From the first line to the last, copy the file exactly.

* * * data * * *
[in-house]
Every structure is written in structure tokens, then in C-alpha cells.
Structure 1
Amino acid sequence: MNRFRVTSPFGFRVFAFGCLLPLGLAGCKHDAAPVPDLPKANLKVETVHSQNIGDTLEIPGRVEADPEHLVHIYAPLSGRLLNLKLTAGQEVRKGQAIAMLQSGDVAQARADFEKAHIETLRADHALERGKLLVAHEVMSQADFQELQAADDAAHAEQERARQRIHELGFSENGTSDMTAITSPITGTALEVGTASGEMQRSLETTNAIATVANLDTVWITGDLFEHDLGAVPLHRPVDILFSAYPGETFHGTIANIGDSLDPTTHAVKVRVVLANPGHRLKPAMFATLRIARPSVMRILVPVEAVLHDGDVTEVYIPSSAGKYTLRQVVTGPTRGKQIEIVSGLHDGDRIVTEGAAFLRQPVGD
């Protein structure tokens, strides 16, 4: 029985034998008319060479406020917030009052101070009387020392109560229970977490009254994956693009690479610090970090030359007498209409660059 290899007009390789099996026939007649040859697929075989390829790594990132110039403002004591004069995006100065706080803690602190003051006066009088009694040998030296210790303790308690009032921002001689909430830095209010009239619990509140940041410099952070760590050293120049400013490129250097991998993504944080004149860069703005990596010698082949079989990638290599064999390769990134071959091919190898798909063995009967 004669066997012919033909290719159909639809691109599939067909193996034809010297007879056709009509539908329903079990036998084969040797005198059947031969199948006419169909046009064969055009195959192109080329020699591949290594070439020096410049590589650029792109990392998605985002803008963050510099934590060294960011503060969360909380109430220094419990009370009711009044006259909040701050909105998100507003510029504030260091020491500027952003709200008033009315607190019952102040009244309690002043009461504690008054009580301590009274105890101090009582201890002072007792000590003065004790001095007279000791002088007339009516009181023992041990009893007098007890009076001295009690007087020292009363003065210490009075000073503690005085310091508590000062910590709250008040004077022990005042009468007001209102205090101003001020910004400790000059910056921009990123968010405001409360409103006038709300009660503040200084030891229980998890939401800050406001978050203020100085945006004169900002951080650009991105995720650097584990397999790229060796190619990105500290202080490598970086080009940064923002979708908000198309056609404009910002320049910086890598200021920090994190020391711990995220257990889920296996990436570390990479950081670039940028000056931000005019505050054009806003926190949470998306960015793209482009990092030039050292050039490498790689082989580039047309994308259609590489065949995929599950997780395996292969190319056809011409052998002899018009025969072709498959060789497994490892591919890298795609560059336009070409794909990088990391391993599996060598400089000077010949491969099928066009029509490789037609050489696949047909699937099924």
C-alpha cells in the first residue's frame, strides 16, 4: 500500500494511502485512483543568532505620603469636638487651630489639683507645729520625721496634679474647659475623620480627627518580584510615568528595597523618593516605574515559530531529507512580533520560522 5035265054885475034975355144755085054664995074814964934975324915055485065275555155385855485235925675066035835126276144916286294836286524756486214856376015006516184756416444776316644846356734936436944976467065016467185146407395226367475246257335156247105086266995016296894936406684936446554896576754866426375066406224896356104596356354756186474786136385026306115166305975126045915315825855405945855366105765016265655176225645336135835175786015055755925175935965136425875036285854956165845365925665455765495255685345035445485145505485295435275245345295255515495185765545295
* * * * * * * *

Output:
[in-house]
Every structure is written in structure tokens, then in C-alpha cells.
Structure 1
Amino acid sequence: MNRFRVTSPFGFRVFAFGCLLPLGLAGCKHDAAPVPDLPKANLKVETVHSQNIGDTLEIPGRVEADPEHLVHIYAPLSGRLLNLKLTAGQEVRKGQAIAMLQSGDVAQARADFEKAHIETLRADHALERGKLLVAHEVMSQADFQELQAADDAAHAEQERARQRIHELGFSENGTSDMTAITSPITGTALEVGTASGEMQRSLETTNAIATVANLDTVWITGDLFEHDLGAVPLHRPVDILFSAYPGETFHGTIANIGDSLDPTTHAVKVRVVLANPGHRLKPAMFATLRIARPSVMRILVPVEAVLHDGDVTEVYIPSSAGKYTLRQVVTGPTRGKQIEIVSGLHDGDRIVTEGAAFLRQPVGD
């Protein structure tokens, strides 16, 4: 029985034998008319060479406020917030009052101070009387020392109560229970977490009254994956693009690479610090970090030359007498209409660059 290899007009390789099996026939007649040859697929075989390829790594990132110039403002004591004069995006100065706080803690602190003051006066009088009694040998030296210790303790308690009032921002001689909430830095209010009239619990509140940041410099952070760590050293120049400013490129250097991998993504944080004149860069703005990596010698082949079989990638290599064999390769990134071959091919190898798909063995009967 004669066997012919033909290719159909639809691109599939067909193996034809010297007879056709009509539908329903079990036998084969040797005198059947031969199948006419169909046009064969055009195959192109080329020699591949290594070439020096410049590589650029792109990392998605985002803008963050510099934590060294960011503060969360909380109430220094419990009370009711009044006259909040701050909105998100507003510029504030260091020491500027952003709200008033009315607190019952102040009244309690002043009461504690008054009580301590009274105890101090009582201890002072007792000590003065004790001095007279000791002088007339009516009181023992041990009893007098007890009076001295009690007087020292009363003065210490009075000073503690005085310091508590000062910590709250008040004077022990005042009468007001209102205090101003001020910004400790000059910056921009990123968010405001409360409103006038709300009660503040200084030891229980998890939401800050406001978050203020100085945006004169900002951080650009991105995720650097584990397999790229060796190619990105500290202080490598970086080009940064923002979708908000198309056609404009910002320049910086890598200021920090994190020391711990995220257990889920296996990436570390990479950081670039940028000056931000005019505050054009806003926190949470998306960015793209482009990092030039050292050039490498790689082989580039047309994308259609590489065949995929599950997780395996292969190319056809011409052998002899018009025969072709498959060789497994490892591919890298795609560059336009070409794909990088990391391993599996060598400089000077010949491969099928066009029509490789037609050489696949047909699937099924």
C-alpha cells in the first residue's frame, strides 16, 4: 500500500494511502485512483543568532505620603469636638487651630489639683507645729520625721496634679474647659475623620480627627518580584510615568528595597523618593516605574515559530531529507512580533520560522 5035265054885475034975355144755085054664995074814964934975324915055485065275555155385855485235925675066035835126276144916286294836286524756486214856376015006516184756416444776316644846356734936436944976467065016467185146407395226367475246257335156247105086266995016296894936406684936446554896576754866426375066406224896356104596356354756186474786136385026306115166305975126045915315825855405945855366105765016265655176225645336135835175786015055755925175935965136425875036285854956165845365925665455765495255685345035445485145505485295435275245345295255515495185765545295